August 19, 2013

No matter the weather


Every day before going to our boats, we gathered for a morning meeting. Paddlers would stand around in clusters, putting on sunscreen or packing rain gear, cramming cameras and snacks into dry bags. Sometimes Hickory, the lead paddler, would tell us something about the tides or the winds, and let us know what to expect.

One of the organizers would tell us where we'd be stopping for lunch. And often we got messages that stuck with me all day just because they were so simple. "Remember, " Chief Edwards would say before we got into our boats. "Be kind to each other." Be kind to each other. I loved that.

I can remember one morning, when the sky looked ominous, a nervous paddler who had just joined the day before said, "Last night, the news said a 40 percent chance of rain. Do we have an updated weather report?"

Chief Jake Edwards looked at him and said in his deep voice, "There's a 100 percent chance of AWESOME."

Everyone cheered.

It did rain sometimes. The most spectacular storm happened after we'd already landed and were setting up our tents on a grassy lawn near the edge of the river. The wind suddenly rose, and the sky above the river turned white. We could see the storm coming. When it hit, it was spectacular: driving rain, thunder and lightning, winds that twisted ropes and tossed clothing off lines. As I ducked into the tent to stay drive, I could hear a bunch of the teenagers yelling, yipping, cheering.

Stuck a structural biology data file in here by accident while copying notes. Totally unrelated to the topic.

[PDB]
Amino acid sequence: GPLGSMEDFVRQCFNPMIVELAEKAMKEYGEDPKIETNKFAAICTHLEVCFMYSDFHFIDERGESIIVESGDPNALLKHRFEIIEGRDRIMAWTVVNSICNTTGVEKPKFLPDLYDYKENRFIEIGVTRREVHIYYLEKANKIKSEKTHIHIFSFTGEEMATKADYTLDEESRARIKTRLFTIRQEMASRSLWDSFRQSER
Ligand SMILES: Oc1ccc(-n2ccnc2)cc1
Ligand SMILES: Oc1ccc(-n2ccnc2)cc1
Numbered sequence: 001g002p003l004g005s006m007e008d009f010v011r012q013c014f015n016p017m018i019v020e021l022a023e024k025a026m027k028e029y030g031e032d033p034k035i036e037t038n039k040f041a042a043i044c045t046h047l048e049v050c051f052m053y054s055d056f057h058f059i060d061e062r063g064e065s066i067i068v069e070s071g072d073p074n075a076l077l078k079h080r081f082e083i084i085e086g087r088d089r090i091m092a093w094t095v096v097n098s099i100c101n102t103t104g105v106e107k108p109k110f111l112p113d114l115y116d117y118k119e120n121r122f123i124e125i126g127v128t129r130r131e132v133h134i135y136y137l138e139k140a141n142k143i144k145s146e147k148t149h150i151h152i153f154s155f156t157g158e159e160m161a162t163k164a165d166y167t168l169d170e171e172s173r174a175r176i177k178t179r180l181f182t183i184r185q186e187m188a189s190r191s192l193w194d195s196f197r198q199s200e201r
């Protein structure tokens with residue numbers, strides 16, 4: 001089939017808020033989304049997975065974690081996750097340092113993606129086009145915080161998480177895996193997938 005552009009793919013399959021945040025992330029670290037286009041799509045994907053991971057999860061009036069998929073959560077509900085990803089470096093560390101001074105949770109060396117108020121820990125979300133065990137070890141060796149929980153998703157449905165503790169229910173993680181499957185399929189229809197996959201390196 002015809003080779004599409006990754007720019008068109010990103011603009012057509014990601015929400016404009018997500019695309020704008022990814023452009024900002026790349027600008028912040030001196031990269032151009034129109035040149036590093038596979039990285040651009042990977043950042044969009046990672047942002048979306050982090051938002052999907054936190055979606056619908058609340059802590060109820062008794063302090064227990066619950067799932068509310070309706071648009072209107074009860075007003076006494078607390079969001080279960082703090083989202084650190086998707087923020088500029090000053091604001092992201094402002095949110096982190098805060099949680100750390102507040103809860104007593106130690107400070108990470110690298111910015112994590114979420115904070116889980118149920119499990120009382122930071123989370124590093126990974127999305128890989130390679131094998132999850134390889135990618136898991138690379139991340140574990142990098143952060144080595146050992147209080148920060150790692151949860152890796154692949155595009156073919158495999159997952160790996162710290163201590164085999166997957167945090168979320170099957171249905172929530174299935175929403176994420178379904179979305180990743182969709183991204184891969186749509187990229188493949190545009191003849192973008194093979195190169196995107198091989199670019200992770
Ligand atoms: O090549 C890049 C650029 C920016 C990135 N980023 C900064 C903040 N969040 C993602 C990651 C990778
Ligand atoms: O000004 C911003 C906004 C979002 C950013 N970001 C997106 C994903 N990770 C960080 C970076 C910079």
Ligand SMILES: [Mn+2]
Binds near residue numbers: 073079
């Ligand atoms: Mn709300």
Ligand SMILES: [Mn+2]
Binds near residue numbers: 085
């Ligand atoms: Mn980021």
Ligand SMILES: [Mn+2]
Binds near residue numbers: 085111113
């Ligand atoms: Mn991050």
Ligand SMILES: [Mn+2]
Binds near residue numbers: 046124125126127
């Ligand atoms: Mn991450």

The storm came and went, and it meant that our afternoon program became an evening program instead. The speaker was a clan mother from the Beaver Clan who began by saying, "We had to delay the program because of a storm. I guess that shows us where the real power is."

A late afternoon storm on the Hudson.


Sam said...

Not sure what's happening with blogger, but it's taken me ten tries to leave a comment.

I loved the "100 percent chance of awesome" forecast.

jo(e) said...

Yeah, something weird is going on with the blogger interface. Sorry it took so many tries!

robin andrea said...

Love reading about this journey.

Urban Sophisticate Sister said...

Wow - what a beautiful place to camp! Is this a campground, or someplace that hosted you?

jo(e) said...

In the bottom photo, we were camping in a park right in Cold Spring. I don't think it's a park that usually allows camping. Most places were like that -- we'd borrow any lawns we could, set up about 100 tents all very close to each other, pile the kayaks and canoes somewhere near the water, and bring in about ten porta-potties.